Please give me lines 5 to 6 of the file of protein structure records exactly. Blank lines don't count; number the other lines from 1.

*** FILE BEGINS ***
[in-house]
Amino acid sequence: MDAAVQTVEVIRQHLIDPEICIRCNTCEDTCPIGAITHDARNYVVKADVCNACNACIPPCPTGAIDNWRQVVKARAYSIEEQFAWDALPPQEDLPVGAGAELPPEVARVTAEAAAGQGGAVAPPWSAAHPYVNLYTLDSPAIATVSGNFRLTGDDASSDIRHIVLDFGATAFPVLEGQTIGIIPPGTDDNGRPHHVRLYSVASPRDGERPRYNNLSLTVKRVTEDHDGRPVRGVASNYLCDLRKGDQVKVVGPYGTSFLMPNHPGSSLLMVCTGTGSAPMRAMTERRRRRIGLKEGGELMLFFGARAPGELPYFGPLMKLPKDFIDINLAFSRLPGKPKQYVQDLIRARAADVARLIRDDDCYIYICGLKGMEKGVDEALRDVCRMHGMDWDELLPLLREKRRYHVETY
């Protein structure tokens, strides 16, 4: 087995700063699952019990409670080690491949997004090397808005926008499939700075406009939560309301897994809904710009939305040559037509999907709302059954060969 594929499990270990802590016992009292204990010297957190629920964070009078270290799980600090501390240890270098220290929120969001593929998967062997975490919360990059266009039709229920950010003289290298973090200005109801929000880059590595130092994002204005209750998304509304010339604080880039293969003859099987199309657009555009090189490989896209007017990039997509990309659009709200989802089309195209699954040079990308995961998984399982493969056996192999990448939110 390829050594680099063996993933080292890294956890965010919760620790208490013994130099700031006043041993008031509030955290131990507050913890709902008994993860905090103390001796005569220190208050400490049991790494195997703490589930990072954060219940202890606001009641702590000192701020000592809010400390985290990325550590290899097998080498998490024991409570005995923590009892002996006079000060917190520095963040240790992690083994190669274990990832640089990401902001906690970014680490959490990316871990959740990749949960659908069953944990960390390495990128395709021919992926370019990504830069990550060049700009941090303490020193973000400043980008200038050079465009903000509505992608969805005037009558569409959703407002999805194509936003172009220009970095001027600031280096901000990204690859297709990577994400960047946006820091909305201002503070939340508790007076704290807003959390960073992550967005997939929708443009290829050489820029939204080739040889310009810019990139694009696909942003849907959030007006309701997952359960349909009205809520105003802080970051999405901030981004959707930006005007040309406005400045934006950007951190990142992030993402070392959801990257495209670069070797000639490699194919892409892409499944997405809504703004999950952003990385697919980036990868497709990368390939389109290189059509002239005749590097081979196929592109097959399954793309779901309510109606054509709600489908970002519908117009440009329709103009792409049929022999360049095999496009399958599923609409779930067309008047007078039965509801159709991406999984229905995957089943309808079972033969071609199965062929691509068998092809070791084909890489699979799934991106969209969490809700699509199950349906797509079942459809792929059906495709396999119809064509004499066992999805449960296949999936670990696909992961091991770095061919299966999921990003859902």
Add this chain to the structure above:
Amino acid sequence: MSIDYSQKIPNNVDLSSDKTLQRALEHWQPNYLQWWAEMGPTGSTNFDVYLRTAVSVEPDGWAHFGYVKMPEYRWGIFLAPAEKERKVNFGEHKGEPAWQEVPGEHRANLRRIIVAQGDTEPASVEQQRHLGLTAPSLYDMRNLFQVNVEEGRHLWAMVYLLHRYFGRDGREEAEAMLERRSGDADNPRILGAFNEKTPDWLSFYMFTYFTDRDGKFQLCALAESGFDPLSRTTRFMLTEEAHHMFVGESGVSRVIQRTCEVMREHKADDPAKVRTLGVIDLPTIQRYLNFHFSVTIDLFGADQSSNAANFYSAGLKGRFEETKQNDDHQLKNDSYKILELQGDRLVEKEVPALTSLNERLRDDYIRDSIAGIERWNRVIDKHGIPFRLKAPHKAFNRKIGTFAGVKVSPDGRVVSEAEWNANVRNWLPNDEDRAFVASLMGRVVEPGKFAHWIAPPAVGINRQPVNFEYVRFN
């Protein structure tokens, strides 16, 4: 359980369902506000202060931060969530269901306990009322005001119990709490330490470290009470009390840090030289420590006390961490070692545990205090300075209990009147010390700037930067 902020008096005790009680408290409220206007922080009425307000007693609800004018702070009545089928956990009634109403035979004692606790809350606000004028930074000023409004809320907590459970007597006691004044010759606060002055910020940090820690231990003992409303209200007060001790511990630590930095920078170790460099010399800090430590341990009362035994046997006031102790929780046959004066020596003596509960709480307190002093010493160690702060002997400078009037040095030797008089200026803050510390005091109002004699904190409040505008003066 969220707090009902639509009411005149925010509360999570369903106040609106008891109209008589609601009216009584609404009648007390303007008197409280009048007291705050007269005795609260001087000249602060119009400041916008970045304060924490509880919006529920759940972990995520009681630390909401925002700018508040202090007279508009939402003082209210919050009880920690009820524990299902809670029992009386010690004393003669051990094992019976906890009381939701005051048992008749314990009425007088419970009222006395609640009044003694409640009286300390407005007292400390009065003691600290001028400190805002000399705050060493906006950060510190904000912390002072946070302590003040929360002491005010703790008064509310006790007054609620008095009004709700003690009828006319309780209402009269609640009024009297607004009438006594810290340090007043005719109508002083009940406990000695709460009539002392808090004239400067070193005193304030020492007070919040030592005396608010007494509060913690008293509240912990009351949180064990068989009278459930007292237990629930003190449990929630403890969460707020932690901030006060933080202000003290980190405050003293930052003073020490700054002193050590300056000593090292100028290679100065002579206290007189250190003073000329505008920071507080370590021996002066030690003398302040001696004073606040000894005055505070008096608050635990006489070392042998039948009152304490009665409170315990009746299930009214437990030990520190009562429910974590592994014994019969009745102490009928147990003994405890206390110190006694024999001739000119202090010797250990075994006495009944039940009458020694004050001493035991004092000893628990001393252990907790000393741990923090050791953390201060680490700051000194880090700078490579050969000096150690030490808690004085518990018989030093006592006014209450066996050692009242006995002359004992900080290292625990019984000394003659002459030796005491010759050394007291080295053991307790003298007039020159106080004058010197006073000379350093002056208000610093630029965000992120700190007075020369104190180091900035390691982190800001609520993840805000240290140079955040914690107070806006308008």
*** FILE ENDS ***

Amino acid sequence: MSIDYSQKIPNNVDLSSDKTLQRALEHWQPNYLQWWAEMGPTGSTNFDVYLRTAVSVEPDGWAHFGYVKMPEYRWGIFLAPAEKERKVNFGEHKGEPAWQEVPGEHRANLRRIIVAQGDTEPASVEQQRHLGLTAPSLYDMRNLFQVNVEEGRHLWAMVYLLHRYFGRDGREEAEAMLERRSGDADNPRILGAFNEKTPDWLSFYMFTYFTDRDGKFQLCALAESGFDPLSRTTRFMLTEEAHHMFVGESGVSRVIQRTCEVMREHKADDPAKVRTLGVIDLPTIQRYLNFHFSVTIDLFGADQSSNAANFYSAGLKGRFEETKQNDDHQLKNDSYKILELQGDRLVEKEVPALTSLNERLRDDYIRDSIAGIERWNRVIDKHGIPFRLKAPHKAFNRKIGTFAGVKVSPDGRVVSEAEWNANVRNWLPNDEDRAFVASLMGRVVEPGKFAHWIAPPAVGINRQPVNFEYVRFN
């Protein structure tokens, strides 16, 4: 359980369902506000202060931060969530269901306990009322005001119990709490330490470290009470009390840090030289420590006390961490070692545990205090300075209990009147010390700037930067 902020008096005790009680408290409220206007922080009425307000007693609800004018702070009545089928956990009634109403035979004692606790809350606000004028930074000023409004809320907590459970007597006691004044010759606060002055910020940090820690231990003992409303209200007060001790511990630590930095920078170790460099010399800090430590341990009362035994046997006031102790929780046959004066020596003596509960709480307190002093010493160690702060002997400078009037040095030797008089200026803050510390005091109002004699904190409040505008003066 969220707090009902639509009411005149925010509360999570369903106040609106008891109209008589609601009216009584609404009648007390303007008197409280009048007291705050007269005795609260001087000249602060119009400041916008970045304060924490509880919006529920759940972990995520009681630390909401925002700018508040202090007279508009939402003082209210919050009880920690009820524990299902809670029992009386010690004393003669051990094992019976906890009381939701005051048992008749314990009425007088419970009222006395609640009044003694409640009286300390407005007292400390009065003691600290001028400190805002000399705050060493906006950060510190904000912390002072946070302590003040929360002491005010703790008064509310006790007054609620008095009004709700003690009828006319309780209402009269609640009024009297607004009438006594810290340090007043005719109508002083009940406990000695709460009539002392808090004239400067070193005193304030020492007070919040030592005396608010007494509060913690008293509240912990009351949180064990068989009278459930007292237990629930003190449990929630403890969460707020932690901030006060933080202000003290980190405050003293930052003073020490700054002193050590300056000593090292100028290679100065002579206290007189250190003073000329505008920071507080370590021996002066030690003398302040001696004073606040000894005055505070008096608050635990006489070392042998039948009152304490009665409170315990009746299930009214437990030990520190009562429910974590592994014994019969009745102490009928147990003994405890206390110190006694024999001739000119202090010797250990075994006495009944039940009458020694004050001493035991004092000893628990001393252990907790000393741990923090050791953390201060680490700051000194880090700078490579050969000096150690030490808690004085518990018989030093006592006014209450066996050692009242006995002359004992900080290292625990019984000394003659002459030796005491010759050394007291080295053991307790003298007039020159106080004058010197006073000379350093002056208000610093630029965000992120700190007075020369104190180091900035390691982190800001609520993840805000240290140079955040914690107070806006308008």